Very interesting. Information on boards provided us with few ideas. Main thing here – you can see that the board is modified Mega controller from Makerlab. Its description says that it is a Single board solution, Remix of Arduino mega and RAMPS and it is actually pretty cool!

However we are interested mainly in that SD card support (you can see connections in a blue frame saying LCD/SD support with Mini Panel above). Thinking obvious – SD Card reader is broken, we did a quick run to grab a new one for $5.95.

Well, swapping it with the new one changed nothing – no files seems to be loaded / detected by that thing! Getting already bit frustrated, I’ve asked for another advice and been given that it is very likely main board problem and it needs to be replaced. So I asked if we can be provided with a source code or a firmware to attempt to do some debugging ourselves and ended up in some sort of strange Catch 22 situation where firmware cannot be provided as it is their IP so even they recommend board replacement, there is no way to reload it.

This argument seemed to be good enough that Toolbotics support actually ended up providing whole FW source code! Having it checked by Andrew – he discovered that it is based on a Open-Source 3D printer FW called Marlin, just version 1.x, while they already moved forward a bit.

Still, Andrew’s been able to revive it to get it compile again. Next step was obvious – load it! And this is where things are getting interesting a lot again, by loading the firmware provided over the one present in there, everything stopped working, even those things which seemed to be half-working before. Darn.

I’ll keep you hanging here as this is getting pretty long, while rest assured that this story is not over!

Airships with Craiyon

Andrew came back having some fun with CrAIyon – “Craiyon, formerly DALL·E mini, is an AI model that can draw images from any text prompt!”. Some cool pics came out of it, so I put them in a small gallery.

It is fascinating what this technology can do!

UPDATE 2022-09-06 from Viktor K:

father with two sons and dog constructing blimp in the garden next to the house in australia

Let us know if you’ll get some cool ones, we’ll get them posted here as well!

10 things I like about Airship Design by Charles P. Burgess

While reading through the Fatal Flight from Bill Hammack, I’ve noticed numerous references on another book – Airship Design by Charles P. Burgess. I couldn’t resist an opportunity and bought a copy. It arrived shortly and I’ve ended up reading it for past 2 months! There were was so much of interesting information related to our project that I’ve lost track of all of them after while, but dedicated to coming back and do at least a minimal review on some highlights – I came with a plan to pick my top 10 highlights.

While plan is laid, I would still like to start with synopsis on the book’s booklet itself: Originally published in 1927, this volume was intended to fill the dual role of textbook for the student of airship design and handbook for the practical engineer. The design of airships, particularly of the rigid type, is mainly a structural problem; and theoretical aerodynamics has nothing like the relative importance which it bears in airplane design. This is to be expected when we consider that the gross lift of an airship depends solely on the specific gravity of the gas and the bulk of the gas container, and not at all on shape or other aerodynamic characteristics which determine the lift of airplanes. … and it is all there!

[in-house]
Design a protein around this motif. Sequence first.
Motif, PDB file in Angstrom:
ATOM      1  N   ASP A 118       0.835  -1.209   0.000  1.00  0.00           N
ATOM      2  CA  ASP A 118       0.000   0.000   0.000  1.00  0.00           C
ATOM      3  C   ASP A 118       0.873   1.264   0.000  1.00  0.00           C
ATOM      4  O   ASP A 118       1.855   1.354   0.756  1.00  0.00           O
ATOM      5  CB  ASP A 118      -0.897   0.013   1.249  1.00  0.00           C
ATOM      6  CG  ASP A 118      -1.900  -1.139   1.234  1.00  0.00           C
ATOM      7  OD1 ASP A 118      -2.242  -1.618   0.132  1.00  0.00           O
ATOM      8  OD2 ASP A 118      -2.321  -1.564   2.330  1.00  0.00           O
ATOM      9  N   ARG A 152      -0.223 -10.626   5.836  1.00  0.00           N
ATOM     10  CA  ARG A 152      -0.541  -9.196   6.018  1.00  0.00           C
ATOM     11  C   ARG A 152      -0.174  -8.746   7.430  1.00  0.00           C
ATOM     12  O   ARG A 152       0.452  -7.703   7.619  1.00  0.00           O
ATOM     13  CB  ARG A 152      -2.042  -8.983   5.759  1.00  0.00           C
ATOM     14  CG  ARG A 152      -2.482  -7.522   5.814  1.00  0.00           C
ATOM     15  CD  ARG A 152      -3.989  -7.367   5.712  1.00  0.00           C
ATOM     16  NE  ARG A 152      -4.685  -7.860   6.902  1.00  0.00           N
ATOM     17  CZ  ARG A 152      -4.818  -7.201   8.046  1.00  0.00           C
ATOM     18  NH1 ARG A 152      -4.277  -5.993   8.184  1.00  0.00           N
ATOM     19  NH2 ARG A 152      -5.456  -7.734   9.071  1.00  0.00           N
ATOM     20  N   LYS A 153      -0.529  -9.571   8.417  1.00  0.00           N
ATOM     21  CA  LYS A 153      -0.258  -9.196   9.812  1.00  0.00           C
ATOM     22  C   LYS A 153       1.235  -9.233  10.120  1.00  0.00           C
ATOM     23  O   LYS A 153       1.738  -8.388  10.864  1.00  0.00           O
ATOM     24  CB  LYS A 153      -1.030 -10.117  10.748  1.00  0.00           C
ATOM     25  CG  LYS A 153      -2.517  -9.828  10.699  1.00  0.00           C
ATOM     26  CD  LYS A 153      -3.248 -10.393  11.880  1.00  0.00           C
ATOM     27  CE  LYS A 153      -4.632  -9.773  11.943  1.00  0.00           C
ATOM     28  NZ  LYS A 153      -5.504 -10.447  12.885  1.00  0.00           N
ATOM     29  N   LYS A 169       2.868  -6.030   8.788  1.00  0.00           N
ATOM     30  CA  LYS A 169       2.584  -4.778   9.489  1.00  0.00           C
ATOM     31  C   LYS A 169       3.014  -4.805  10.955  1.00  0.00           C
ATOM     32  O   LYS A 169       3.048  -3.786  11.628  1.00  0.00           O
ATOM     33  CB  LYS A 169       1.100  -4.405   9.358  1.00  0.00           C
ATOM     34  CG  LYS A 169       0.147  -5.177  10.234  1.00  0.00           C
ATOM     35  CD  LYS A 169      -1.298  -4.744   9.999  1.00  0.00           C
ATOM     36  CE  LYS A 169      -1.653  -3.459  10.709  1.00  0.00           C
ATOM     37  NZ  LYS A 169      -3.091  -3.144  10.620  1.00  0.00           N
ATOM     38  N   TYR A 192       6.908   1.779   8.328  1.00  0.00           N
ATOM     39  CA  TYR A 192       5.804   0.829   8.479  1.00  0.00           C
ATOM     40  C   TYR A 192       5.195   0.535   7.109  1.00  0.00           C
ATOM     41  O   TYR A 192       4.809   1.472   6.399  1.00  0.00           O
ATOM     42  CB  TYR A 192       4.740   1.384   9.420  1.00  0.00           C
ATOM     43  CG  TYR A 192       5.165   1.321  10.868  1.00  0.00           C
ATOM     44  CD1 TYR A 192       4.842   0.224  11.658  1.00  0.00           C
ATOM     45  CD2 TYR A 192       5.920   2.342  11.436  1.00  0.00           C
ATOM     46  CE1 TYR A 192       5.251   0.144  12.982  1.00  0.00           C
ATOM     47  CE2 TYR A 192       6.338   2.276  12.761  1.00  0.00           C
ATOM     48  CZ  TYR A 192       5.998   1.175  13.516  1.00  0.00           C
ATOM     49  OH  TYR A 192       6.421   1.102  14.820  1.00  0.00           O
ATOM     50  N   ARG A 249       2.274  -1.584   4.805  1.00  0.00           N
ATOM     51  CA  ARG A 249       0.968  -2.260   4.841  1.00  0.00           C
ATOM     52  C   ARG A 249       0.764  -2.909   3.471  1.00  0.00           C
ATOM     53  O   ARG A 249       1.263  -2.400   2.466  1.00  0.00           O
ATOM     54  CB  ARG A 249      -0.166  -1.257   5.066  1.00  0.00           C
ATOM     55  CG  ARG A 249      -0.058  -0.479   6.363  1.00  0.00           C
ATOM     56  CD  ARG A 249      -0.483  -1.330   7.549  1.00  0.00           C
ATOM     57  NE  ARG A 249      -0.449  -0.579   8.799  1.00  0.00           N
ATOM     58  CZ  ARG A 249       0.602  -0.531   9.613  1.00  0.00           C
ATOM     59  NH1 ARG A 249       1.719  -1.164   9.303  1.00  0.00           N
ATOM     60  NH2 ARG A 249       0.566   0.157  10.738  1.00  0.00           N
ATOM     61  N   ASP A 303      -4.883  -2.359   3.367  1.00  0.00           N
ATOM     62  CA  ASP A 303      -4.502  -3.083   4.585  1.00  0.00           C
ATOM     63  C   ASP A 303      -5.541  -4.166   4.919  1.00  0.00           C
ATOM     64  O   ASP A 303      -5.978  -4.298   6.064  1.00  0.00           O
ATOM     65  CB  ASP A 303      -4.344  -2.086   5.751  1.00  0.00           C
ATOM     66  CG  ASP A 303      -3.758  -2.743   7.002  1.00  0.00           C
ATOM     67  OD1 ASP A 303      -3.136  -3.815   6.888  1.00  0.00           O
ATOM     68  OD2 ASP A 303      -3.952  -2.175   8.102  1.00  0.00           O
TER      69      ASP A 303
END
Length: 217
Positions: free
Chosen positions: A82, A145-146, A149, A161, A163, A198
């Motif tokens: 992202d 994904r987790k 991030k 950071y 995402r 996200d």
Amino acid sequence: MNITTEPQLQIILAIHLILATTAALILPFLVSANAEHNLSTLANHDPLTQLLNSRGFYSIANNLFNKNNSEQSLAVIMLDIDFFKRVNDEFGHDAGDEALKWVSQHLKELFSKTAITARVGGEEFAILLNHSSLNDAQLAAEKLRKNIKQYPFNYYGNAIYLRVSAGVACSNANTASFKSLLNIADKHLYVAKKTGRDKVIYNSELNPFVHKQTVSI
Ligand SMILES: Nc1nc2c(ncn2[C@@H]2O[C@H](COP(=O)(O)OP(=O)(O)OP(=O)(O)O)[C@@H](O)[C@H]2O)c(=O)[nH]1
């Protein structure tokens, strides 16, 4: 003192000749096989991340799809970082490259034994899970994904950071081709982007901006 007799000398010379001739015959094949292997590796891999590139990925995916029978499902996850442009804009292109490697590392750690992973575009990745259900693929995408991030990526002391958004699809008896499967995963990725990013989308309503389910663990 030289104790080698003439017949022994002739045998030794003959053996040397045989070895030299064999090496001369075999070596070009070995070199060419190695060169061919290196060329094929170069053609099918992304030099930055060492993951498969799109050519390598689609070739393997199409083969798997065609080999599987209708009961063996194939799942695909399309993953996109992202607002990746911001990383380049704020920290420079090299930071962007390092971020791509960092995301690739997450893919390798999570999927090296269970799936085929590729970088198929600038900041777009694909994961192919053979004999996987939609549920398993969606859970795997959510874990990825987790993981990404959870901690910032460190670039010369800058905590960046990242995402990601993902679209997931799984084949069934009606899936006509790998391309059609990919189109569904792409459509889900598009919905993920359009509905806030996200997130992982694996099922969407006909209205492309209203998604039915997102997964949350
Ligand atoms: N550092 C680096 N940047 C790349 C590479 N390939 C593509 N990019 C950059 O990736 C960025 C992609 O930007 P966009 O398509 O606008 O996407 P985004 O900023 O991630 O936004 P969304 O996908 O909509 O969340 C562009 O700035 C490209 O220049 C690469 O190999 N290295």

Now let’s start with our list itself.

1/ Beautiful historical pictures and schematics

This book is full of them. I’m picking up two of them, bu I’ll keep picking more through our list.

2/ Hydrogen vs. Helium lifting performance.

It is well known that weight difference between weight of Hydrogen and Helium is just about 5%. However it is not that apparent how it translates to the gas lifting power. One of the paragraphs in the Size and Performance section covers this topic in a detail clearly stating that usage of Hydrogen increases overall performance of the airship by incredible 54.5% – this roughly translates into larger payload / reach radius / operations ceiling in general.

Hydrogen increases overall performance of the airship by incredible 54.5%

3/ Testing with models

Imagine 1920s – no computers, 3D visualisation, well … no calculators, no super computers. Pinnacle of the modern technology was mechanical Enigma Machine. What you do? You use wind tunnels to test your aerodynamics, and underwater models for testing all sort of sheering moments and stress forces. Then you’ll come with equations which will describe how all those observations scale up. Then you build it and learn from your mistakes and repeat. Purely amazing!

4/ Venting & Exhaust trunks

Rapid pressure changes caused by the airship’s steep ascend, descend or just gas temperature changes are clearly one of the prime dangers every airship is facing. Practical way to tackle that is to have some good-sized vents which can prevent popping its envelope. Yep, even this is in, including practical calculation example relating to the overall volume.

There is also an equation providing required vent area on the next page together with a description of exhaust trunks for safe Hydrogen venting from gas bags.